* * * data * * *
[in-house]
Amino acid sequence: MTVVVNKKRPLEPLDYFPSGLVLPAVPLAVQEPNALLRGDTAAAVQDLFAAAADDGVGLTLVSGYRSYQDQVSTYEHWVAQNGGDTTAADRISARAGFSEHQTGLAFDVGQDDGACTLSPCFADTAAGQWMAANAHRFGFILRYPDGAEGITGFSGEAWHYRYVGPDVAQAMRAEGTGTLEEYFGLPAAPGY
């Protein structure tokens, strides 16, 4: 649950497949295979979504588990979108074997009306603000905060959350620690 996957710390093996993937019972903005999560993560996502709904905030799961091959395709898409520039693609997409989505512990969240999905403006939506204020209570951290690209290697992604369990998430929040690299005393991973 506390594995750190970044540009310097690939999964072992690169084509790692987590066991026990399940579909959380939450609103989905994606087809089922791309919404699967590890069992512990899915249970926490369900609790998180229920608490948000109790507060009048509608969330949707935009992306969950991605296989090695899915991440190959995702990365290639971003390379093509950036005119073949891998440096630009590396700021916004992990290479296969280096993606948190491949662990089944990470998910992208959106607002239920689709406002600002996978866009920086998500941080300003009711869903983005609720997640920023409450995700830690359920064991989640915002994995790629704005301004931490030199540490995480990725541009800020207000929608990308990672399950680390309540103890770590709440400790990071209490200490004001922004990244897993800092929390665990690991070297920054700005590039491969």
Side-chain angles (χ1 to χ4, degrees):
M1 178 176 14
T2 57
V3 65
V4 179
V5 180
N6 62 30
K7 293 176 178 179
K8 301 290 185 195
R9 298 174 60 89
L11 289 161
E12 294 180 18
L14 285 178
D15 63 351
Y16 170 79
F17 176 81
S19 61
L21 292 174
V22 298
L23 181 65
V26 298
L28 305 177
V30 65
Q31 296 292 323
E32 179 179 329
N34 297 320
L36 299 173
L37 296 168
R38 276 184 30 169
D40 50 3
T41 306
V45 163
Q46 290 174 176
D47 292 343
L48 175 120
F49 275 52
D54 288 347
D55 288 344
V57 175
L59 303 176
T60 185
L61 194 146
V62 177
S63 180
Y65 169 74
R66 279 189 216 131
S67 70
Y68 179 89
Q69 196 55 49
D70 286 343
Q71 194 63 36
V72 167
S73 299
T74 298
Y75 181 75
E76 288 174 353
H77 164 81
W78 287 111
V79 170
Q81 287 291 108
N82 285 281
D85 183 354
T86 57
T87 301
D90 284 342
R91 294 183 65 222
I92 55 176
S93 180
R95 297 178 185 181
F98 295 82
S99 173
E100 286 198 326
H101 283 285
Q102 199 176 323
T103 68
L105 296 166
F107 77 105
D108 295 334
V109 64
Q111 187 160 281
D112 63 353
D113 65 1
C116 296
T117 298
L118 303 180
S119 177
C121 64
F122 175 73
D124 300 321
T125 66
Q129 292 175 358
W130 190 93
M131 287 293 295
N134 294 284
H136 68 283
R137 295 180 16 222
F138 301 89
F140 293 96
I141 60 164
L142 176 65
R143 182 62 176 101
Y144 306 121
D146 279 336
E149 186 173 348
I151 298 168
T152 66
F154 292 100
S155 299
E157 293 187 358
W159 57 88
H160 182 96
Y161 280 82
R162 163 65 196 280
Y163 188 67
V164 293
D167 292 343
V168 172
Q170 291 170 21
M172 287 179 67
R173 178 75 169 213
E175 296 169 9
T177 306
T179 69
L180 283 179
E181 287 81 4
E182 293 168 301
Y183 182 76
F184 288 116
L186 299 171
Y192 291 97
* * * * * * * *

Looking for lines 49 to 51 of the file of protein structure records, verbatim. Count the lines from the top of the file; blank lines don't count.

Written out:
R66 279 189 216 131
S67 70
Y68 179 89